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Some things to watch out for in  GM trucks ; small back window is not the best (lower price) Curved windshield , Hard to find replacement. Coil spring front end is better. than leaf springs .Step side short box with the spare on the side is nice

Cheers and have a merry Christmas and happy new year . I am off this forum from tonight until next year.  

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Matt is correct.........airfare is cheap, and Colorado is easy to get in and out of at the airport.......go look yourself.

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Inspectors are only trying to do 2 things. Take your money and exclude themselves from any responsibility. I have only seen a handful of inspectors that are any good. But even they work for companies that write a report that makes an AACA Senior winner seem like a hopeless salvage project. Go look for yourself. Don't waste the money on the inspector who may upset your seller.

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7 hours ago, Aouli said:

CCD won’t tell me exactly where until I give him a refundable deposit. Then I can do a pre-purchase inspection. 

That is a huge red flag!  Do not send them any money.  If they will not be upfront with where the vehicle is located you have to question if it even exists.  You are bound to met with all kinds of excuses of the vehicle has been moved, that time won't work etc etc.  If they sent you pictures do a google search and see if you find that same truck listed someplace else.  Just my 2 cents but from my previous career you'll be better off finding something else.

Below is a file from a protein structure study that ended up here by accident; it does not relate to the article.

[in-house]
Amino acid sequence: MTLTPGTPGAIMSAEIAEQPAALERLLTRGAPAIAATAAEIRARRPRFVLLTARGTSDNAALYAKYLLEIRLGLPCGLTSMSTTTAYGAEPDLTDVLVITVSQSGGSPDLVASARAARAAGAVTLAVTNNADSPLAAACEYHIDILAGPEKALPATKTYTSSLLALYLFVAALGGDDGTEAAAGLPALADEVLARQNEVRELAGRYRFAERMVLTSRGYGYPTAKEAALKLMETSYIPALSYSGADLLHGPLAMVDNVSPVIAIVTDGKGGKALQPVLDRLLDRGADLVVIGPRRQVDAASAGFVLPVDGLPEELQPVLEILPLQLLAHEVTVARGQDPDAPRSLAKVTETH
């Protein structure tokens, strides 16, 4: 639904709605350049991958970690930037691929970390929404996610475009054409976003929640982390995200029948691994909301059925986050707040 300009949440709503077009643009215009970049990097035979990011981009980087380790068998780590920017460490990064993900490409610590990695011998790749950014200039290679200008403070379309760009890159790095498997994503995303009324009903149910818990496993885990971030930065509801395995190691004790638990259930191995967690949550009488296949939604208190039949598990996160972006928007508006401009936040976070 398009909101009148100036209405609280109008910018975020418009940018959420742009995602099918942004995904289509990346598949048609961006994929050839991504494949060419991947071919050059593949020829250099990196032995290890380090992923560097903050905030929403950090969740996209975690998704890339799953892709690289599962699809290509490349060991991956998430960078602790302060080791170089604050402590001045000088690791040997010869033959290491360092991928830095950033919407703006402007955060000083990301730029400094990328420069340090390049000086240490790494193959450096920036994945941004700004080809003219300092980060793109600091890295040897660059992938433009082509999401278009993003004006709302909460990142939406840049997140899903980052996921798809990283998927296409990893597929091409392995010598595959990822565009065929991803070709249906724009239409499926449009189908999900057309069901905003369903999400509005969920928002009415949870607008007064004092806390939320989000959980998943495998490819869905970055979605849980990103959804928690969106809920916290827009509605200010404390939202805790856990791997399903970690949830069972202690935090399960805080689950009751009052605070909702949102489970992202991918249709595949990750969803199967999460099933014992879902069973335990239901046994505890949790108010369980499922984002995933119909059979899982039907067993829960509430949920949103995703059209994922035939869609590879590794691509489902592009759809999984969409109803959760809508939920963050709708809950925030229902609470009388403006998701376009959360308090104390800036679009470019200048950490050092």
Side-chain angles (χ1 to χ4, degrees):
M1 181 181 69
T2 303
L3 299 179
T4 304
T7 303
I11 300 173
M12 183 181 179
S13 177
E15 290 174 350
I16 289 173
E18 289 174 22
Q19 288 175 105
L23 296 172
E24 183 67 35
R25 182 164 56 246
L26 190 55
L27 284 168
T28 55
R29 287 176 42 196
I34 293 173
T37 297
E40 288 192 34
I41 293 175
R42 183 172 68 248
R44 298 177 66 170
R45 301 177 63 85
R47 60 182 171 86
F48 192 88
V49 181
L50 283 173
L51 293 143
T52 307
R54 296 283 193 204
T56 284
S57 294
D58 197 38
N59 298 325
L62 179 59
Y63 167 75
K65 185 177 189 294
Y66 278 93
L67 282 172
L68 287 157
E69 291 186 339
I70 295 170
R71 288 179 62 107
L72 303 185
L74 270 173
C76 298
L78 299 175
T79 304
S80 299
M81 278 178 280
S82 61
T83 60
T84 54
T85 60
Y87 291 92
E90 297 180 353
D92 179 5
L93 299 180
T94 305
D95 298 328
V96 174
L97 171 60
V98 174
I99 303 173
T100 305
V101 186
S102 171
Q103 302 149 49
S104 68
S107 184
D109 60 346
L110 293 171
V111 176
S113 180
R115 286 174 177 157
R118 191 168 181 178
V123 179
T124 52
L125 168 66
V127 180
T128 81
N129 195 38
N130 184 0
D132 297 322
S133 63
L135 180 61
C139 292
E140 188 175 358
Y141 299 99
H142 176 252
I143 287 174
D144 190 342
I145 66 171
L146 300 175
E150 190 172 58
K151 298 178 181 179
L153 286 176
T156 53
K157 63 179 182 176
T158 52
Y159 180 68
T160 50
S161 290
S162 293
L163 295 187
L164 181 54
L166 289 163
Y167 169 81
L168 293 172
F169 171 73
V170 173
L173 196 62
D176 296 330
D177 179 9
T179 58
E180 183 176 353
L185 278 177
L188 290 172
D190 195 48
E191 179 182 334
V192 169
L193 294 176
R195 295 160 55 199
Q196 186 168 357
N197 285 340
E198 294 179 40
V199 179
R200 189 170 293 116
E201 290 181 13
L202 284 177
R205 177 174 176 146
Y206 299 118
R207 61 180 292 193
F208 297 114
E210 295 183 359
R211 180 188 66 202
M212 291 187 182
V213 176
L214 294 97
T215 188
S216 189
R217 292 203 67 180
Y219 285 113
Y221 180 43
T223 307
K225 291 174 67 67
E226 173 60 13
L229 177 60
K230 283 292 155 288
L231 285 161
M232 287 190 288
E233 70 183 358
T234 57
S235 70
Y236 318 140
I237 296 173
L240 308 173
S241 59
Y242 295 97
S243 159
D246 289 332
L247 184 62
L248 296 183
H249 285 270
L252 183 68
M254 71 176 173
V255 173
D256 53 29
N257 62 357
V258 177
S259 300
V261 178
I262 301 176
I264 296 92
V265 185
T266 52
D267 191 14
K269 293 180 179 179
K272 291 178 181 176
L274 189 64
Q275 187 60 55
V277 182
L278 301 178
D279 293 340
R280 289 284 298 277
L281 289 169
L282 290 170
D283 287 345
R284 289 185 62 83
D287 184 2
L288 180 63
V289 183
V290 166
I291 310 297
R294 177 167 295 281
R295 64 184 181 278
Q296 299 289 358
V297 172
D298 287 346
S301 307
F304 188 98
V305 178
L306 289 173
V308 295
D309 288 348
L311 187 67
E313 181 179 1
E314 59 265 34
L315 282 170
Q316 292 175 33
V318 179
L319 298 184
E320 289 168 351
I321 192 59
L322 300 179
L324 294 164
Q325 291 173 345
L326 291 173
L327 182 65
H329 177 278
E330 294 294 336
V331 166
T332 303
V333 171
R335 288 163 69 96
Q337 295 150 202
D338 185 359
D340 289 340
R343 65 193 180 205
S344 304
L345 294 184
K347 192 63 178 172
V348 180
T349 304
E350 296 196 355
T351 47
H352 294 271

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4 hours ago, trini said:

Some things to watch out for in  GM trucks ; small back window is not the best (lower price) Curved windshield , Hard to find replacement. Coil spring front end is better. than leaf springs .Step side short box with the spare on the side is nice

Cheers and have a merry Christmas and happy new year . I am off this forum from tonight until next year.  


trini, thanks for all the advice. I very much appreciate it. I see a lot of vehicles being advertised by them. Thank you and Happy holidays 

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Just checked airfares. Buyer is in Hawaii & car in Colorado, so I did Hilo to Denver in January. Fares run from a little over $1000 to almost $2000. It has been mentioned numerous times on this and other threads that airfare is cheap. Cheap is a relative word when you consider vehicle cost, budget of potential buyer, & economic situation of potential buyer. To someone looking at or selling 40, 50, 75, or $100,000+ vehicles, then spending a thousand or two to fly in and look at a vehicle is chump change. Chances are if they are looking to buy something in that price range, the 1 or 2 grand for airfare is a drop in the bucket to their economic situation. To a blue collar person, it may not & probably isn't the same. Their case dictates being more careful with their money, so they would have more to consider than just "hop on a plane & go see it for yourself." Some options could be trying to find an inspector as this guy is doing(doesn't sound like anyone here likes that idea), looking for and at something closer to home(probably not a lot to choose from in Hawaii), or finding someone that would look at the vehicle just to help him out. I'm surprised no one here has mentioned this last option. I would think the AACA is big enough an spread across the nation enough that there must be a member or several out in Colorado that could help. If not, does anyone have contacts out there? Is anyone heading that way in the near future that may have time to help? I would, but I have to go hop on a plane. I'm looking at a car in Timbuktu. It's a '49 Chevy for $5000.